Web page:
The Winery That Fits in a Closet WSJD - Technology

It's the brainchild of biotech scientist Vijay Singh, the inventor of the Wave Bioreactor, which revolutionized the production of biopharmaceuticals. Singh's system replaced the stainless steel tanks used for cell cultivation with disposable, medical-grade plastic bags that required no cleaning or sterilization. His invention is the industry standard. In 2007, Singh sold his company to General Electric and bought property in Somerset, N.J., where he planted a small vineyard. While the vines matured, Singh and his wife, Meera, set about learning the ins and outs of winemaking.

Synthetic wine made without grapes claims to mimic fine vintages

New Scientist

"We can turn water into wine in 15 minutes." So claims the Ava Winery, a San Francisco start-up that is making synthetic wine without grapes – simply by combining flavour compounds and ethanol. Mardonn Chua and Alec Lee came up with the idea while visiting a winery in California's Napa Valley in 2015. There, they were shown the bottle of an iconic wine, Chateau Montelena, which is famous for being the first Californian chardonnay to beat French contenders at the Paris Wine Tasting of 1976. "I was transfixed by this bottle displayed on the wall," says Chua. "I could never afford a bottle like this, I could never enjoy it.

Scientists discover tiny magnets could be used to remove 'off-tasting' flavors in wines

Daily Mail - Science & tech

A fine wine only ages with time - unless it has substances in it that make the alcoholic beverage taste like vegetables. All wines naturally contain substances that make up their flavors and aromas. However, sometimes they alter the drink too much. Scientists have discovered a way to use tiny magnetic particles to separate and remove the offensive particles without changing the natural flavor of the wine. Alkylmethoxypyrazines, known as MPs, produce vegetable-like aromas in some wines such as cabernet sauvignon.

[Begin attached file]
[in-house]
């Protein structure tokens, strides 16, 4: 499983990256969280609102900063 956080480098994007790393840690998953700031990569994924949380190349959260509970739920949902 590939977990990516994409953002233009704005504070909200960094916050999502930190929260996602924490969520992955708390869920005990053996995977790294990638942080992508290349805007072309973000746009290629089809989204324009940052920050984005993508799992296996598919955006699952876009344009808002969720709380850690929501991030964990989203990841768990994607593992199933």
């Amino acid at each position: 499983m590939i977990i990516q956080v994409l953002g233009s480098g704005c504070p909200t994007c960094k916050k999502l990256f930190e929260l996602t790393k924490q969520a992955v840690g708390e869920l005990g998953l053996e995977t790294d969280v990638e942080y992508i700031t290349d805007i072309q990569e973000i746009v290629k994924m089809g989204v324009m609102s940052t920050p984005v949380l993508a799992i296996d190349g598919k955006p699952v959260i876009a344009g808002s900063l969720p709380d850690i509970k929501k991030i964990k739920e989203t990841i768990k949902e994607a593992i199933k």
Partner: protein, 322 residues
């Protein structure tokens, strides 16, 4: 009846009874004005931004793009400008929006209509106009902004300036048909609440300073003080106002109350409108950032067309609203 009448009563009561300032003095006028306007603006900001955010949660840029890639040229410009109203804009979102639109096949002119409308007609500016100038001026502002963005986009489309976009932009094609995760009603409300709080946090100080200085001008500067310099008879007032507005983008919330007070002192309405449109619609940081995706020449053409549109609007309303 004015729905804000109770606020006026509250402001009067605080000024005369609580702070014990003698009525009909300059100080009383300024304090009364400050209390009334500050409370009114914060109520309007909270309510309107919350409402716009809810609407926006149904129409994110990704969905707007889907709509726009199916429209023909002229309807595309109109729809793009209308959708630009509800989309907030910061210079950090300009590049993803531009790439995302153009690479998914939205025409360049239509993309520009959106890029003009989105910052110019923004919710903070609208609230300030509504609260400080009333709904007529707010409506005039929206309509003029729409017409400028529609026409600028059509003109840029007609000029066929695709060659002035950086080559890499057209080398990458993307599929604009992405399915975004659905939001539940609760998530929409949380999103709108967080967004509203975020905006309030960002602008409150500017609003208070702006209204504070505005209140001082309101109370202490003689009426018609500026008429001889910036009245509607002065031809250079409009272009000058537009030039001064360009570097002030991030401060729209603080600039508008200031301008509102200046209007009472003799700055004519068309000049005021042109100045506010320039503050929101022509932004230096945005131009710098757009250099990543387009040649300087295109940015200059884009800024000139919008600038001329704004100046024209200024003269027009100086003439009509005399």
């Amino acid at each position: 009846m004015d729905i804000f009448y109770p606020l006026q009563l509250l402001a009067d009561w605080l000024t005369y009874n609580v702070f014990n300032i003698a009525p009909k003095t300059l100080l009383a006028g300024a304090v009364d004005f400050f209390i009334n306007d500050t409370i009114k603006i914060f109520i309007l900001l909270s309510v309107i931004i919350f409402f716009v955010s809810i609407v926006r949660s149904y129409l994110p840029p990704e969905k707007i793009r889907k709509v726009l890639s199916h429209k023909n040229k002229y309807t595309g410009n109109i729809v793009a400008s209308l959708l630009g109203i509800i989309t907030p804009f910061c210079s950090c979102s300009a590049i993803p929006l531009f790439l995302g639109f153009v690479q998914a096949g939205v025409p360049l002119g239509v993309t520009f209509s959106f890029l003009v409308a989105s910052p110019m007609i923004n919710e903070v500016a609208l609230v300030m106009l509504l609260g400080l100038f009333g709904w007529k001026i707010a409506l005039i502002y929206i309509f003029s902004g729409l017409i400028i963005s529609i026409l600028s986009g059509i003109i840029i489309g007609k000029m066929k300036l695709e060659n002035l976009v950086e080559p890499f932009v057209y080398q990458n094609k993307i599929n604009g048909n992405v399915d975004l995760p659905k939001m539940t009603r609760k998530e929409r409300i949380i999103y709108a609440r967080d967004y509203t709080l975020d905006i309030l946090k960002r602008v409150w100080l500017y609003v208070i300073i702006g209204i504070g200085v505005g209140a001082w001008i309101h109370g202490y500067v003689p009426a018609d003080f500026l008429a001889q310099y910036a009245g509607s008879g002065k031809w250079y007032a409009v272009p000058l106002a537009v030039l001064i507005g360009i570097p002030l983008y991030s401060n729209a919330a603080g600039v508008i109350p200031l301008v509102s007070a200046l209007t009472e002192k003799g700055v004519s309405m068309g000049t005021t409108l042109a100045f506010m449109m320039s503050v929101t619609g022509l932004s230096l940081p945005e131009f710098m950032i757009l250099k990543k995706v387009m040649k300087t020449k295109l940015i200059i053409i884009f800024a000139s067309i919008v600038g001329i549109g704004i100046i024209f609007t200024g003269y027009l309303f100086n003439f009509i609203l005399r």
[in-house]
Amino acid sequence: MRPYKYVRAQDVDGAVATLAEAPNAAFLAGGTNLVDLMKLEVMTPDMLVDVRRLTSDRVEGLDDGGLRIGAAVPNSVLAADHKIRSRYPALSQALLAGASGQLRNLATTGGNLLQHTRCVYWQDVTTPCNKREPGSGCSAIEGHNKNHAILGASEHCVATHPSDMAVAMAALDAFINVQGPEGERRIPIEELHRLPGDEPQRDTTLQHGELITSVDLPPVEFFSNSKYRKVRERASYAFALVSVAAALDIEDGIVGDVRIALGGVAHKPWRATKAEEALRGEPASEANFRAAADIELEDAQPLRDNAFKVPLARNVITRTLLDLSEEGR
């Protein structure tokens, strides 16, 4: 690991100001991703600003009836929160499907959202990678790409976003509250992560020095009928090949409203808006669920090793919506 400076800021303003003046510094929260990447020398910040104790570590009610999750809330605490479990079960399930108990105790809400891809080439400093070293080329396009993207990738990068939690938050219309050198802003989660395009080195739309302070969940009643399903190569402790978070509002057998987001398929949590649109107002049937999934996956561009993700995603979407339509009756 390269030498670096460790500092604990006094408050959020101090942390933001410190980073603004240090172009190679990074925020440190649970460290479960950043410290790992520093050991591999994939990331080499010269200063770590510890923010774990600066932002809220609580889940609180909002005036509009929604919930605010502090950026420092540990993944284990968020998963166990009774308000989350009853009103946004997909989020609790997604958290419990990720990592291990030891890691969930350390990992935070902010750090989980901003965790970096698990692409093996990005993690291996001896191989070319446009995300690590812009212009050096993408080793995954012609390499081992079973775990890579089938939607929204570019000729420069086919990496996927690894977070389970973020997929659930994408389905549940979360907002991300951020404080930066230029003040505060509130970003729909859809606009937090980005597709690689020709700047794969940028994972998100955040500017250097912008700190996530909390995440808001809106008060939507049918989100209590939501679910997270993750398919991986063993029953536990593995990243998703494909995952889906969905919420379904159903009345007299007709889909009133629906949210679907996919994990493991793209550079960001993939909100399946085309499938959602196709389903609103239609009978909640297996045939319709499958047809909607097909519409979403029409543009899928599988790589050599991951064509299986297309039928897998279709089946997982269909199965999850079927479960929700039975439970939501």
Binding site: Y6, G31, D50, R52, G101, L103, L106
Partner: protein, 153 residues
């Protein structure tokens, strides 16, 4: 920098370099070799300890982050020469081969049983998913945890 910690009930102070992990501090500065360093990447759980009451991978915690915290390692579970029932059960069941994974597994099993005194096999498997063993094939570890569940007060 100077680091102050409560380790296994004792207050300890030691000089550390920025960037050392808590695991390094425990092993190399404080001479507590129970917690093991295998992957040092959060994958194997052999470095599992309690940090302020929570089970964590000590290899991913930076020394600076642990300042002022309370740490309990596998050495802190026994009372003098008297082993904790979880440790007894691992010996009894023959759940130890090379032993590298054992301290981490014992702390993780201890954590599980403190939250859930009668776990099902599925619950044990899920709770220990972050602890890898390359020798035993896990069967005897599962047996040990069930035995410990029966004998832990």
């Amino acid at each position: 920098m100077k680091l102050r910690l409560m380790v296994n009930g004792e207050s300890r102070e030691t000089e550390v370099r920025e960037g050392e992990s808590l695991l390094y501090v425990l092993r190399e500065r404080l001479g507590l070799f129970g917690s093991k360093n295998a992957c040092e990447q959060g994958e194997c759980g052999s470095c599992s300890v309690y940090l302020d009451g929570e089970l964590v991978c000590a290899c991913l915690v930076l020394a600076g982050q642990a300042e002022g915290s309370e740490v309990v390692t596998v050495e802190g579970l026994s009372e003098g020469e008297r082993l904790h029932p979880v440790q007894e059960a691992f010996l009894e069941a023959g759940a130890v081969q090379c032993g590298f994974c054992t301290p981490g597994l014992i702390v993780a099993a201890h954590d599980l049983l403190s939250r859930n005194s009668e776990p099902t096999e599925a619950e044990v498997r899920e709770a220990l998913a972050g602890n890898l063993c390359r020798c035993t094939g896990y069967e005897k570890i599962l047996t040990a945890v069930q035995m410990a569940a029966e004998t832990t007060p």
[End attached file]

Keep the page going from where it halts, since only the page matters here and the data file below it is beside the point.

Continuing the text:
Nasa finds that space FUNGI pose a threat to missions

Daily Mail - Science & tech

Astronauts on space stations exploring Mars are at risk of asthma, allergies and skin infections from hitchhiking fungi, new research has found. A Nasa study of three student crews housed inside an isolated Mar simulator pod found that the presence of humans changed the pods' fungal community, known as its mycobiome. Colonies of certain fungi - including harmful strains that invade the body and cause allergies, asthma and skin infections - flourished while the crews were living inside. Astronauts on space stations exploring Mars (artist's impression) are at risk of asthma, allergies and skin infections from hitchhiking fungi, new research has found Nasa is now studying fungi to keep long-term space travellers safe on missions to new worlds. We've known since the 1960s some microorganisms can survive the perils of space including microgravity, extreme temperatures and radiation.

Researchers reveal how 'friendly microbes' give fermented kimchi its signature kick (and smell)

Daily Mail - Science & tech

Kimchi, or Korean fermented vegetables, has taken the food world by storm for its presence in popular dishes, digestive benefits and, of course, its deliciously sour taste and funky smell. The dish's unique flavor is owed to the fermentation process, the crux of which involves'friendly microbes' that bring out kimchi's trademark tang. In a new report, the American Chemical Society breaks down the chemical reactions that occur in kimchi to bring about its signature kick. The temperature and length of fermentation can determine what kinds of flavors will develop. Researchers noted that the presence of geranylacetone and beta ionone molecules gives off fruity notes when kimchi is eaten.